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george

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Re: Electrical failure

Post  aussie on Tue 14 Aug 2018, 7:52 pm

Hopefully,the following test results may assist you in suggesting, the cause of the fault or further tests to be taken.


Wiring at: horn button – Black/blue & Black/white.           - Horn: Black/blue & orange/green


Test results


Ignition on: O/G at horn-  11.46v                at horn button – 0v         B/G  = earthed (continuity)


Ignition off:       
O/G  wire at horn to  frame          = earthed (continuity)
        = resistance settled at 2 ohms (after jumping around 22.4 to 0)


O/G to frame at horn button       = earthed an 1.4ohms  (meter set on 200)


Barry we have a friend in Hillier and were contemplating a holiday either in NZ or Tassie. If we make it to Tassie we will look you up for a coffee.

cheers


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Re: Electrical failure

Post  barry_mcki on Wed 15 Aug 2018, 12:54 am

Can you place a test light on the two horn wires (without the horn in circuit) ?  It should only light when the horn is button is pressed (with ignition on).  

The wiring is very simple:



There is very little in the horn wiring, so to be blowing fuses the 12v on the O/G wire must be seeing a short to chassis.  I doubt it's anything to do with the horn switch,  it could be stuck permanently on and it would not cause a blown fuse.  

There's only two senarios that fit that I can think of, either the O/G wire has rubbed and is touching a bare earth (but only when the horn is plugged in), or the horn itself is presenting a dead short.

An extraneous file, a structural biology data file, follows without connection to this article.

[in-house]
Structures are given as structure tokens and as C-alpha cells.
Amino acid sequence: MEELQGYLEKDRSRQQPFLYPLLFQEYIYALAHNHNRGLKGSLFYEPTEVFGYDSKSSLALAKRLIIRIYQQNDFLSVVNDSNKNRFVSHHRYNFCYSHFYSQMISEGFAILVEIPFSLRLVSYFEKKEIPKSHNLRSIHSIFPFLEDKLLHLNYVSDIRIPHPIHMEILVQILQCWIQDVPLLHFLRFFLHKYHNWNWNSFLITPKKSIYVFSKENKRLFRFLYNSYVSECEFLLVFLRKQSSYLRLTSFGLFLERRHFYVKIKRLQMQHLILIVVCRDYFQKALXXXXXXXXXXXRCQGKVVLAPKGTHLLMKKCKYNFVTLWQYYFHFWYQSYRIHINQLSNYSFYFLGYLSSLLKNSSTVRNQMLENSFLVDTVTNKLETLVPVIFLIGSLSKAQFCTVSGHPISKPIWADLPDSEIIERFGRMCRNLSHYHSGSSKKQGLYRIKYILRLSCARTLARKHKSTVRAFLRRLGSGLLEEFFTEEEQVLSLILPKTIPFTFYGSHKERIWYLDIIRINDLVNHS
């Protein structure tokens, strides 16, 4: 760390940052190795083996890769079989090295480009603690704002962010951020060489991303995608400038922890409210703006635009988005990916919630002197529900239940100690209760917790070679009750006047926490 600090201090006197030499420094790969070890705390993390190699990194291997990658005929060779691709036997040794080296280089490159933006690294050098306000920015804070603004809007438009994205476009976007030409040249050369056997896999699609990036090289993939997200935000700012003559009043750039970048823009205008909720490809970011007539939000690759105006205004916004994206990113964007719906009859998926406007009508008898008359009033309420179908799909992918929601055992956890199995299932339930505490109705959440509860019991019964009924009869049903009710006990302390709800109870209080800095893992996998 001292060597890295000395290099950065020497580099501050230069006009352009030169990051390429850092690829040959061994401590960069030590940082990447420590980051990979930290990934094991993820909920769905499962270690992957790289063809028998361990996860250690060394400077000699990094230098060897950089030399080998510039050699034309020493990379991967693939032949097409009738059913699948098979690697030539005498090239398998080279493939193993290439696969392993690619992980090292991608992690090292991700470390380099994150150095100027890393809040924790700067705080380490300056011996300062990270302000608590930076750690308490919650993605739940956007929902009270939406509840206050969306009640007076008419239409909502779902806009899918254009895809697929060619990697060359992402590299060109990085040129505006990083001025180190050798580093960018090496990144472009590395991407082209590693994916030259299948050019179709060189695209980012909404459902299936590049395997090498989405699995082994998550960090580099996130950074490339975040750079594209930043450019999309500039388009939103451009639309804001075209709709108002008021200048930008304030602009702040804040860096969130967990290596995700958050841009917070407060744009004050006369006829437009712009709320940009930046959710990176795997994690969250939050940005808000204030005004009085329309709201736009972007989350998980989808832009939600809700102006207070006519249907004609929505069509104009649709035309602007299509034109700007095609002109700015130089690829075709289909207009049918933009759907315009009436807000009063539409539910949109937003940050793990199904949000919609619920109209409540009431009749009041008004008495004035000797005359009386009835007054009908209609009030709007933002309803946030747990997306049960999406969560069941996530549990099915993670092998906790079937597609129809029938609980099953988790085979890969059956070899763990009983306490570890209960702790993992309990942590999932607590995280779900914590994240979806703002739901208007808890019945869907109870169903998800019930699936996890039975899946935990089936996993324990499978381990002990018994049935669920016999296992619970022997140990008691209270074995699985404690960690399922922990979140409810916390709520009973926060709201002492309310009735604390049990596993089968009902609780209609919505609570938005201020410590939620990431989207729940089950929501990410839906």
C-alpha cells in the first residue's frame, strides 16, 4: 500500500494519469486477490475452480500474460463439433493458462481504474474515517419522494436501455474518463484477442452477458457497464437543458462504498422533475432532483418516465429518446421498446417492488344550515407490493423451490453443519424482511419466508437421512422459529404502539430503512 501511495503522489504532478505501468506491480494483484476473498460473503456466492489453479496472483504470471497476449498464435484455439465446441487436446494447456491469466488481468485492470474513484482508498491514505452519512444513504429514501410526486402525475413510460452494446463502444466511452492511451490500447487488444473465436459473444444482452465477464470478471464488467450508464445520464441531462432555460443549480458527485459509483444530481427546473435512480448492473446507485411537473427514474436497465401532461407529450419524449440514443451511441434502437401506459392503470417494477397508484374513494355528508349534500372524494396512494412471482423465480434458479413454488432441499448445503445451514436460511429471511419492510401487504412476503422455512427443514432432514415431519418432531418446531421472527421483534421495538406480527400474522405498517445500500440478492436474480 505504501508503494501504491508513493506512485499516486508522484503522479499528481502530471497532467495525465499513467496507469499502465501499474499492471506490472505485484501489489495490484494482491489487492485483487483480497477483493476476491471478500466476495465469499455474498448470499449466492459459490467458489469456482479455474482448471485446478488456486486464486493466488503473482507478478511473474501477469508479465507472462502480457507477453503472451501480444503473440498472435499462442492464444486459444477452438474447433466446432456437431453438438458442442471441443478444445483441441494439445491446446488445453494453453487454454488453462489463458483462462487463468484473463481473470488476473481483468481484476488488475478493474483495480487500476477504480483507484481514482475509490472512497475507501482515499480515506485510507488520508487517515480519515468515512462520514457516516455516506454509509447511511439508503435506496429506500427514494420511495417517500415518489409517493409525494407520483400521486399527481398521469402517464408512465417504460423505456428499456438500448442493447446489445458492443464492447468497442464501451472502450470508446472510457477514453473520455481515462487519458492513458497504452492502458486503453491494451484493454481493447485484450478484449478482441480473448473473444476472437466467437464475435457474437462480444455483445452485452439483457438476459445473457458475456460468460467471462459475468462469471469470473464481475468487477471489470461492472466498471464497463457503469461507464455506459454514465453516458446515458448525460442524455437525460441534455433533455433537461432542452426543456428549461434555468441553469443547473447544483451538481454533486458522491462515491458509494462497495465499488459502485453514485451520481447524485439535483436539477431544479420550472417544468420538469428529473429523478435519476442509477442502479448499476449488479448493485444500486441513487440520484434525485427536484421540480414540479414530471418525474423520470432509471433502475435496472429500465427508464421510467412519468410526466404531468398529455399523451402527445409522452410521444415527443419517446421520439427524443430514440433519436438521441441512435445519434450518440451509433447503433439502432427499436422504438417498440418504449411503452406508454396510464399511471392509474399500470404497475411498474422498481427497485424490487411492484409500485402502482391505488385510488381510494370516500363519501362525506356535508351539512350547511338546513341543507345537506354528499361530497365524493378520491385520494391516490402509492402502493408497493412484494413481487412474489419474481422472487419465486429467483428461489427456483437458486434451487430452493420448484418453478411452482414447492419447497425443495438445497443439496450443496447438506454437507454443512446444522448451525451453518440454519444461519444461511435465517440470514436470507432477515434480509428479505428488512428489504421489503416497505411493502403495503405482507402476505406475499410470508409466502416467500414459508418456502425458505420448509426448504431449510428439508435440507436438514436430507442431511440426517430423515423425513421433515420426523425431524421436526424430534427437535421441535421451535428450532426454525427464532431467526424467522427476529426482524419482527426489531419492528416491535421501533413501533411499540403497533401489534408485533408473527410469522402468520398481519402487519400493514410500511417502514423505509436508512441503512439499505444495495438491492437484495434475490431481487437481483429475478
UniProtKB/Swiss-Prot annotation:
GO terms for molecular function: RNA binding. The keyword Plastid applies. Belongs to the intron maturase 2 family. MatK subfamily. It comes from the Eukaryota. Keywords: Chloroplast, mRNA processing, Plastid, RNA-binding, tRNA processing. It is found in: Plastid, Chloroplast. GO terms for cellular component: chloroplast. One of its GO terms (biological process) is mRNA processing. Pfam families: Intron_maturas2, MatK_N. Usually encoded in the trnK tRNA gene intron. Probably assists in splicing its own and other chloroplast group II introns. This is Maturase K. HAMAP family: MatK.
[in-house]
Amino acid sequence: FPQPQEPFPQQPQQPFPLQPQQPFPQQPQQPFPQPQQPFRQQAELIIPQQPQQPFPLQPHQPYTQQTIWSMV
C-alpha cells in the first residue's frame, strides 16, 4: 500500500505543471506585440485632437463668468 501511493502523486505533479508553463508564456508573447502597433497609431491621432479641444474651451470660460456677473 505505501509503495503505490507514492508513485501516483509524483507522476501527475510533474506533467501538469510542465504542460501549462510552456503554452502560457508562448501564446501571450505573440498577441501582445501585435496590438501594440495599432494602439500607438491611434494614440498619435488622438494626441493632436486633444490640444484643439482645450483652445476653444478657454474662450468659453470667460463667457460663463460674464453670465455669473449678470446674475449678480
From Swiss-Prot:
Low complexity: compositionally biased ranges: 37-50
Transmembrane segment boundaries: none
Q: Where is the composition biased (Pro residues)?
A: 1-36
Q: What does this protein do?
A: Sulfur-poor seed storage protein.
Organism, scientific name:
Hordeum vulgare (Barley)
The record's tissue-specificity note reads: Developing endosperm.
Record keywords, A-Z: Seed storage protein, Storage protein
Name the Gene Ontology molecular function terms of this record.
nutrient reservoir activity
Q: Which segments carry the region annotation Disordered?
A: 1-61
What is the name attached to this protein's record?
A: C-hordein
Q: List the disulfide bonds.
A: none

You would think by changing the horn it would cancel out the second scenario, but its possible you've got two defective horns.  However if they are not OEM horns and are manufactured with one connector wired to the horn body this could also be blowing fuses if wired a certain way.  A simple test to rule this out is to swap the two wires on the horn.  Have you tried placing the horn directly across a battery ?

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Re: Electrical failure

Post  aussie on Wed 15 Aug 2018, 9:43 pm

As you suggested "A simple test to rule this out is to swap the two wires on the horn" fixed the problem. Things are very simple when someone points out the obvious - thank you Barry.

As an aid to someone who may this problem.

The original failure happened with an after market horn. When I replaced this horn with the OE horn the failure re-occurred. I did not think to check if the horn had to be connected in a specific way. After stripping the horn button switch and checking for damaged wires and cleaning all contacts I replaced the fuse, switched on the ignition and pop fuse gone. When further checking the wiring harness and connections I did not disconnect the wires at the horn so each time ignition on and pop.So I disconnected the horn and forgot about the problem.

When I re-connected the horn tonight. after Barry's suggestion. and turned on the ignition all OK and horn works. I did not try swapping the wires over to check if the failure re-occurred as I am going over the mountain tomorrow morning and have no spare fuses left. 

So I would appear if the two wires at the horn are crossed over then this may result in a blown fuse and you will lose power to the dash, brake lights etc.

cheers

george

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Re: Electrical failure

Post  barry_mcki on Thu 16 Aug 2018, 12:25 am

An old and wise instructor once told me, look for whatever you last changed/worked on, the fault will usually be right there.  Well done tracking it down.

I don't remember my OEM horn being polarity conscious but it is something to be wary off.  
BTW placing it directly across the battery the wrong way round would have been hmm... enlightening  affraid